A smart floormat to help healthcare professionals or caregivers monitor the elderly, especially those who live alone, could be on the market by early next year.
Dr Poh Kok Kiong, a senior lecturer at the School of Engineering in Nanyang Polytechnic (NYP), has developed a working prototype with local electronics firm Apps-Connect.
The IoT Night Watcher can detect when it is stepped on. When placed beside a bed, or in front of the entrance to the bathroom or kitchen, the data captured can create an image of a user's movement patterns and habits.
More elderly people live alone and want to be independent, said Dr Poh during a demonstration of the technology at NYP yesterday.
"As their children or caregivers, we want to know if they are okay but, at the same time, we do not want to be too intrusive," he added.
Dr Poh experimented with other solutions for monitoring the movements of his own parents and those of residents at community homes, but found that they had limitations.
Surveillance cameras are intrusive and the elderly person could be uncomfortable being watched. Motion sensors can be inaccurate and unreliable, while elderly people often forget to wear or charge wearable technology.
Dr Poh then came up with the idea of a smart mat that does not require the seniors to alter anything about their daily routines.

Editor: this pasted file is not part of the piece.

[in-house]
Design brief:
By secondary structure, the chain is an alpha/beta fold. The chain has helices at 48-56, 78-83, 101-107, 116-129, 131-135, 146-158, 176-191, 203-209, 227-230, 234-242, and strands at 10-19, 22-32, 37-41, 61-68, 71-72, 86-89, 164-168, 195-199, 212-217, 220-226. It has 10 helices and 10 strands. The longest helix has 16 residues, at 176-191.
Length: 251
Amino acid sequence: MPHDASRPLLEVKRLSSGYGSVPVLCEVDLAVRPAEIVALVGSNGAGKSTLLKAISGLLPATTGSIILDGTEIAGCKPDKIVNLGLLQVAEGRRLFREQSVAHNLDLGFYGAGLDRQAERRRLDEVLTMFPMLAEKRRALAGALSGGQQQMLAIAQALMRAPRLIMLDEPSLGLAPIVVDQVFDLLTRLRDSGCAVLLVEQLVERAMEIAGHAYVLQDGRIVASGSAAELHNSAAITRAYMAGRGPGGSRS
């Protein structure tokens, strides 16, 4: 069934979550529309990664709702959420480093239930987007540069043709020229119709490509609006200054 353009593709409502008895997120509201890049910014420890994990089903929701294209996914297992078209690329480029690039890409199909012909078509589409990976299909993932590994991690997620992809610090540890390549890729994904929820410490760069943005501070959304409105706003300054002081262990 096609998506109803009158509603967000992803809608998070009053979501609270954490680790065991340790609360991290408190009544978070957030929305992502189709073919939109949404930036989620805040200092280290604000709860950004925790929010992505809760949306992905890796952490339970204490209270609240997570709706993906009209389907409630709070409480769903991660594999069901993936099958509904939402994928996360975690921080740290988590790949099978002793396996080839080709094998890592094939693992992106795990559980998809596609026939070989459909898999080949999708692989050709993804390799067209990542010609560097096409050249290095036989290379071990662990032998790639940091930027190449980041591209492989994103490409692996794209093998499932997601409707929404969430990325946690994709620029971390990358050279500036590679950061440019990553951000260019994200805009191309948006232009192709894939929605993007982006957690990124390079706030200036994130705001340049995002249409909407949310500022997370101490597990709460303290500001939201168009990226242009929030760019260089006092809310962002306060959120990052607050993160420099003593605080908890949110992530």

FINDING A BALANCE
As their children or caregivers, we want to know if they are okay but, at the same time, we do not want to be too intrusive.
DR POH KOK KIONG, Nanyang Polytechnic School of Engineering senior lecturer, who came up with the idea of the smart mat.
With the help of NYP students and Apps-Connect, he developed a waterproof prototype powered by two button cell batteries, which can last about a year.
The pad containing the electronic components can be removed from the mat, which can then be washed normally.
The mat consumes power only when it is stepped on, similar to the keyless entry system that is used to unlock some cars.
When a person steps on the mat, it sends a wireless signal to a central "gateway", which resembles a digital clock. The system then stores the time and frequency data in a cloud server.
Depending on the placement of the mat, a step could indicate that the user has got into or out of bed, or that the person has entered or exited the bathroom.
If the system detects unusual activity or inactivity, it can send an alert to a caregiver, who can then physically check on the user.
User's data may help doc in diagnosis
For example, a higher-than-usual frequency of toilet usage could indicate that the user might have a medical issue, said Dr Poh.
A caregiver can share with a doctor that information, which could be useful in diagnosing the user's condition.
If a user enters the kitchen but does not exit after a longer than usual period of time, it could indicate that he has fallen down and injured himself.
The mat can also be used to control other devices, such as lights.
For example, a series of lights to guide the user to the bathroom can be turned on slowly when the mat detects that the user has got out of bed at night.
For elderly couples who live together, the mats can be calibrated to their weights to differentiate between them, said Dr Poh.
The team plans to make the product commercially available by the first quarter of next year, according to Mr Chua Thiam Leng, managing director of Apps-Connect.
The data can currently be accessed through a Web portal, but the company plans to develop a mobile app before releasing the mat on the market.
It will cost about $400 or $500 and come with a "gateway" and two light nodes, Mr Chua said.